By Jamie McLean
Investor activism is where an individual or group “purchases large numbers of a public company’s shares and/or tries to obtain seats on the company’s board to effect a significant change within the company” (Investopedia, 2019). Normally this will begin in the form of a minority stake in the company, often between 1% and 10% of a target’s shares. Investor activism usually occurs when an activist has a different view than management on how to maximise shareholder value, and therefore they attempt to coerce the company into adopting their strategy.
How do they do this?
Activists employ a variety of tactics, including open letters to the board and fellow investors (10X EBITDA, 2020), proxy fights incorporate votes, nominating directors to gain control of the board, and even litigation to challenge board decisions. In one-third of cases, campaigns are M&A-driven, with around 40% of these being pushed for the target company to divest parts or all of their business (Lazard, 2019).
Who are the Main Players?
The most prominent activist investor globally is Elliott Management, with $14.7bn invested in current activist positions and 22 new campaigns in 2018 spanning across 9 countries.
Other notable groups include ValueAct, with $12.6bn in market value of current activist positions, Cevian, with $11.2bn, and Trian, with $10.1bn.
What is the Trend?
In short, there has been a growing number of attempts, successes, and money invested in activist campaigns over the past few years, with 2018 being the most significant year yet.
According to Activist Insight, FactSet and public filings at 12/31/2018, 226 companies were targets of activist investors in 2018, compared with 188 in 2017. The amount of capital deployed behind campaigns in 2018 reached $65bn, up from $62.4bn in the previous year. This meant that a new record of 161 board seats were won by activists in 2018, up from 103 in 2017 and an average since 2013 of 111.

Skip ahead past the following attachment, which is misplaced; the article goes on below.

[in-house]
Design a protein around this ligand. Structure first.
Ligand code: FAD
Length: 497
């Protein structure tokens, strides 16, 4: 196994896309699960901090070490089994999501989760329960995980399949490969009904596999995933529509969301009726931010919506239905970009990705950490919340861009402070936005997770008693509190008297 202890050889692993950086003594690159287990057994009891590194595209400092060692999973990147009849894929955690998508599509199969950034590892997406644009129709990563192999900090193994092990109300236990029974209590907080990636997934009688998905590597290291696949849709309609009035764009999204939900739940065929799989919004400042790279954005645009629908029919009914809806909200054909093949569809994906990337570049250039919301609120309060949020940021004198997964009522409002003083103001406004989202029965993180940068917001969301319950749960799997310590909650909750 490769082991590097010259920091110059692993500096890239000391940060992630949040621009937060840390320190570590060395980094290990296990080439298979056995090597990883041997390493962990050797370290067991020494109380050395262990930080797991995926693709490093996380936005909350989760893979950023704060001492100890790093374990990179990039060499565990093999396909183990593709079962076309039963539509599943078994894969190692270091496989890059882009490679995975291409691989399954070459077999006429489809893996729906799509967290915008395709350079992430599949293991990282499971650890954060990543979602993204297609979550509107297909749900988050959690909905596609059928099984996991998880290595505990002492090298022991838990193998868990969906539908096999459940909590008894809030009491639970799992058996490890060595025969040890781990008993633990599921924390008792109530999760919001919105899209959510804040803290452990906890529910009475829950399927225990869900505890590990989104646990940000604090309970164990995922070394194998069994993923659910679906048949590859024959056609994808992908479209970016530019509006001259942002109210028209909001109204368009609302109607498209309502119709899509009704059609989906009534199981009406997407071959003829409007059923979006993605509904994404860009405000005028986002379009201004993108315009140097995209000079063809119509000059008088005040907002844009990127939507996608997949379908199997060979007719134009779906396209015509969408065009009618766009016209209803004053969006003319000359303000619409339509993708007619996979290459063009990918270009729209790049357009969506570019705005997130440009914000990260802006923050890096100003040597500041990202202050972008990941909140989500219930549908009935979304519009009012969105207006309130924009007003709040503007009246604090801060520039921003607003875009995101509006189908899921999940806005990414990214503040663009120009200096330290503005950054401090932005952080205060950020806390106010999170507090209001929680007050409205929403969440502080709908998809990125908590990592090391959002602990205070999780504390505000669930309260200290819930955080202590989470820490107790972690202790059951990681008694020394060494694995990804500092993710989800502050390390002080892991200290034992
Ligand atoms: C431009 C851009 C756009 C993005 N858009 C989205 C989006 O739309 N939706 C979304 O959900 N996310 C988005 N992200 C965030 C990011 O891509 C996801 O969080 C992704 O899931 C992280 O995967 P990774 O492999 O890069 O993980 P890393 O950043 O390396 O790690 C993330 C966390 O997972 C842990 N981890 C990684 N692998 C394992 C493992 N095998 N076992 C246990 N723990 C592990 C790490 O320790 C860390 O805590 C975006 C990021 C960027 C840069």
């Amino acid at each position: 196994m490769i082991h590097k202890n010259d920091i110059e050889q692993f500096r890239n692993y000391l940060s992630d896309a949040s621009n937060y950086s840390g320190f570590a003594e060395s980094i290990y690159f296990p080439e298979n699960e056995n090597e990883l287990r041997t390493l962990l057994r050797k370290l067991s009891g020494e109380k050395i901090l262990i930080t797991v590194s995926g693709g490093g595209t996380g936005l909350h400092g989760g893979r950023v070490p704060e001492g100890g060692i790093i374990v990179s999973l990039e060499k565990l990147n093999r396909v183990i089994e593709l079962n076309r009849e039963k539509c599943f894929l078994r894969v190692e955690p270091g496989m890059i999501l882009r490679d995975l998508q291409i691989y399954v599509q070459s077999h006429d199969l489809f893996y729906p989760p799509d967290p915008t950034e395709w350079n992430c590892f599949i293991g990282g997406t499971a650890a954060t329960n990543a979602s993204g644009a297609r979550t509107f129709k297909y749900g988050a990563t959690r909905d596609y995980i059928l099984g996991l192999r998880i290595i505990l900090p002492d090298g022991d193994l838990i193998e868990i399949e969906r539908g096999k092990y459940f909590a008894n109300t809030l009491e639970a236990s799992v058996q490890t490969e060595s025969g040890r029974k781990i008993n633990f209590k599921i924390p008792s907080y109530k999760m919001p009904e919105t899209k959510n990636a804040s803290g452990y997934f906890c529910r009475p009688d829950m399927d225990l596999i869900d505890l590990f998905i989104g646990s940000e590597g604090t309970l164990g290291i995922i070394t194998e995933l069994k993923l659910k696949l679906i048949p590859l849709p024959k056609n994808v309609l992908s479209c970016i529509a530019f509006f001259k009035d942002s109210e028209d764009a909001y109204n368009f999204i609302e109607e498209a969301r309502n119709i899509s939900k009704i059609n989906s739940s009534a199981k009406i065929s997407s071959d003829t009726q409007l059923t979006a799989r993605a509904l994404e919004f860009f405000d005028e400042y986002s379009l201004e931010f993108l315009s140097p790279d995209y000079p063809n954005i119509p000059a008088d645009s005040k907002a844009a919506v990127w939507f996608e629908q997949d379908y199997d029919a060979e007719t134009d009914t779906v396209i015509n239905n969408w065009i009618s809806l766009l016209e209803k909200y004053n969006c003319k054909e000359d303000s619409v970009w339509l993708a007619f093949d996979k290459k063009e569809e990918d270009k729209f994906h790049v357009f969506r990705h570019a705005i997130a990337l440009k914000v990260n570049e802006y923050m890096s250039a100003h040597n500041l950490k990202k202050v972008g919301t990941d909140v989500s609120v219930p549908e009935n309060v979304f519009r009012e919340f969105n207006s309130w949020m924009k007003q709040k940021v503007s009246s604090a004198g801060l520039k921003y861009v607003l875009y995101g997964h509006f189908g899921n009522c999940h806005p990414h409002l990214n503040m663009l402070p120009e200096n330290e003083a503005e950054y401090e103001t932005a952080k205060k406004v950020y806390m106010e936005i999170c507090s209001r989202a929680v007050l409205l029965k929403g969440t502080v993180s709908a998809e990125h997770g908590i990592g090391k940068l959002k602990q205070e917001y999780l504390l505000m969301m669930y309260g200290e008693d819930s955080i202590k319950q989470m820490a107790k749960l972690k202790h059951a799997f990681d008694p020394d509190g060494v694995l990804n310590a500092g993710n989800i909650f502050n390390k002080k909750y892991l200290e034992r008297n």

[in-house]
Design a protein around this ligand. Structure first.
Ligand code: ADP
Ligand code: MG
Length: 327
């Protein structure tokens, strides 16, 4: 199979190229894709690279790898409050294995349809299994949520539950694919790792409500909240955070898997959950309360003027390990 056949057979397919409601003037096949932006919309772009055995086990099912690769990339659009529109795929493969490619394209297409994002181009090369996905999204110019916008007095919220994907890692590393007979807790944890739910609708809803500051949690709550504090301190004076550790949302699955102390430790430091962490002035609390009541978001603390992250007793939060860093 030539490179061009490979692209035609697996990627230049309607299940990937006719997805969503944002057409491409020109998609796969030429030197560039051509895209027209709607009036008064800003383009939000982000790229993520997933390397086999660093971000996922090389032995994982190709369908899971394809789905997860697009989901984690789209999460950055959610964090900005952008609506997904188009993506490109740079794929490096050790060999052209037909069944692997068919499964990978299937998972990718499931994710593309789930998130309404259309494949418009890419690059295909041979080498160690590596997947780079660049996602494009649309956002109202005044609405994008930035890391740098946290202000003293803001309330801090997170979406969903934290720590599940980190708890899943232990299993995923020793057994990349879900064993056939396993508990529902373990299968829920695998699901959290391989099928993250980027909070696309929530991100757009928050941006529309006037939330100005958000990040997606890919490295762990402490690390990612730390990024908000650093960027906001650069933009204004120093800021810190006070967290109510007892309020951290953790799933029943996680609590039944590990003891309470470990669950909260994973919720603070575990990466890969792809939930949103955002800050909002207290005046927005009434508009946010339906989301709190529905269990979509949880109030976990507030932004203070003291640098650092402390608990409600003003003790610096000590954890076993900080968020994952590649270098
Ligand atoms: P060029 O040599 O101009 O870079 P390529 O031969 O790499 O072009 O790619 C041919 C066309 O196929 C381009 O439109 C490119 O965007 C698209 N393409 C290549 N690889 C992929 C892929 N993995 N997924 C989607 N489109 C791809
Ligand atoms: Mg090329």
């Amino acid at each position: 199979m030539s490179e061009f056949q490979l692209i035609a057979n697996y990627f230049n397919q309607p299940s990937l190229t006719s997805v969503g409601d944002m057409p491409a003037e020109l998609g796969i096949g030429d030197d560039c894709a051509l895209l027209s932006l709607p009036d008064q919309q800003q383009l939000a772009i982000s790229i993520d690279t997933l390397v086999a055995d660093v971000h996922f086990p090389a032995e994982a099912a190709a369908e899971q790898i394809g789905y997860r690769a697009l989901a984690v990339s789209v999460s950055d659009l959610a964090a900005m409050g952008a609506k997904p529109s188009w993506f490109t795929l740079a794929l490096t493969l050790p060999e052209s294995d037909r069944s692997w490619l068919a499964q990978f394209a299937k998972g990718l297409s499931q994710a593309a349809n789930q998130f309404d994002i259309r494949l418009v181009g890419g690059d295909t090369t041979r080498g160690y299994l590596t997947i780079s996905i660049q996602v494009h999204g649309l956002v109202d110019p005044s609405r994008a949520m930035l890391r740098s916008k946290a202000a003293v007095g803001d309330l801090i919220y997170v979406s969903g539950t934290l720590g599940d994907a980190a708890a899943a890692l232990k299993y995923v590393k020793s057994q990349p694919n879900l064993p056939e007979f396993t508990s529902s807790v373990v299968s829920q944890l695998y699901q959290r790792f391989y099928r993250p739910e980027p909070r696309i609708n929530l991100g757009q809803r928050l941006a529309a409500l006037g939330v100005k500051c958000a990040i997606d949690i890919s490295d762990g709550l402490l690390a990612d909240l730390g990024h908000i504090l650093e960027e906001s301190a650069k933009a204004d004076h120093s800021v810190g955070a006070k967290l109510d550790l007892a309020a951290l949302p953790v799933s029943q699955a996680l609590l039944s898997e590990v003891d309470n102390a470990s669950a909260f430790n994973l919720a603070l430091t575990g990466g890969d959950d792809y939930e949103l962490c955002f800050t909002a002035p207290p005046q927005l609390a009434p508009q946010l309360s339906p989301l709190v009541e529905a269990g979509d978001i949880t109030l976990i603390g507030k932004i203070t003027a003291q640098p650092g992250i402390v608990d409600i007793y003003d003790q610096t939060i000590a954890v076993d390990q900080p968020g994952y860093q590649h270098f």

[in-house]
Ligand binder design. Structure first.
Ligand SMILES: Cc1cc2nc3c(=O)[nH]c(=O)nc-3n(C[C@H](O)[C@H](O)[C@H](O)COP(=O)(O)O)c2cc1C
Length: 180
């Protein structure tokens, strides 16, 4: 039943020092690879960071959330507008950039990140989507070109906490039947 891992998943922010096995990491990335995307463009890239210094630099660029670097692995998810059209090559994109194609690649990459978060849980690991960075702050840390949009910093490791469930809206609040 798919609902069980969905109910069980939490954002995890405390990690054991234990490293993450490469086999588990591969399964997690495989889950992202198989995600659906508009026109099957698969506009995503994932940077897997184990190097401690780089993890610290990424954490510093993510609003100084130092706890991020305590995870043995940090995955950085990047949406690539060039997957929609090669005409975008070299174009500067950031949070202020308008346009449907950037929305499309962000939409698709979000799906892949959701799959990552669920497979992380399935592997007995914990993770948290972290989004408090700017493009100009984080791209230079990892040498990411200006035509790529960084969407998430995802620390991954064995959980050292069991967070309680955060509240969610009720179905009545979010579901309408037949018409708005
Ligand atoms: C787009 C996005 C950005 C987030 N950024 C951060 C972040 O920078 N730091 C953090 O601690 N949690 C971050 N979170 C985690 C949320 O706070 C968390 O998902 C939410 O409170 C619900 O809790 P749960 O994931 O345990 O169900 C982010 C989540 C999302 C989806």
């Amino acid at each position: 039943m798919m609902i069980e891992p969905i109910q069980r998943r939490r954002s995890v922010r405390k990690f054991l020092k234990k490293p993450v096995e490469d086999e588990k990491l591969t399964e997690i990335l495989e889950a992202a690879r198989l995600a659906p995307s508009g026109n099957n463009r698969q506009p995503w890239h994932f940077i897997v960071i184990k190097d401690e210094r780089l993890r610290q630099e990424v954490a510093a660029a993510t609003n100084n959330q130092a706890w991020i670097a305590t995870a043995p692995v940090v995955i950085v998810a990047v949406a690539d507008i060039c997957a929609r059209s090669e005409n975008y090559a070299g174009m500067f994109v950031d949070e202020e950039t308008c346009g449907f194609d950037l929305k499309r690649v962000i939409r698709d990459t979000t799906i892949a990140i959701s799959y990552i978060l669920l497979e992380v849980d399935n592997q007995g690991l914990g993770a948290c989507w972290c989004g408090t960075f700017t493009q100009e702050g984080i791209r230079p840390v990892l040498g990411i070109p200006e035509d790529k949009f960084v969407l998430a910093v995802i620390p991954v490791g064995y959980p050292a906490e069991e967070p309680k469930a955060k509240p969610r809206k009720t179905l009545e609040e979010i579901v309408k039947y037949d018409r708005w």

Not only this, but an increasing number of investors used activism as a tactic for the first time.
Lazard’s Review of Shareholder Activism nicely depicts this below, with there being a total of 131 investors engaging in activism in 2018, of which 40 were “First Timers”.
There is another development in the world of shareholder activism – the increasing importance of institutional investors and shareholder advisory companies. Large traditional asset managers, such as Janus Henderson and T. Rowe Price Investment Management, have historically not voiced support for management or activists. However, more recently there has been a growing trend of managers taking sides. Examples include Janus Henderson encouraging athenahealth to explore a sale of the company following Elliot’s offer to acquire them, helping lead to a $5.7bn acquisition by Veritas Capital and Elliott (Lazard, 2019), and T. Rowe Price voicing support for Nestle’s board despite Third Point raising questions. In addition, shareholder advisory companies have had significant influence on activist campaigns. Recent examples include Starboard Value withdrawing its proxy encouraging shareholders to vote against Bristol-Myers Squibb’s $90bn takeover of Celgene after Institutional Shareholder Services and Glass Lewis gave their backing to the deal (Financial Times, 2019).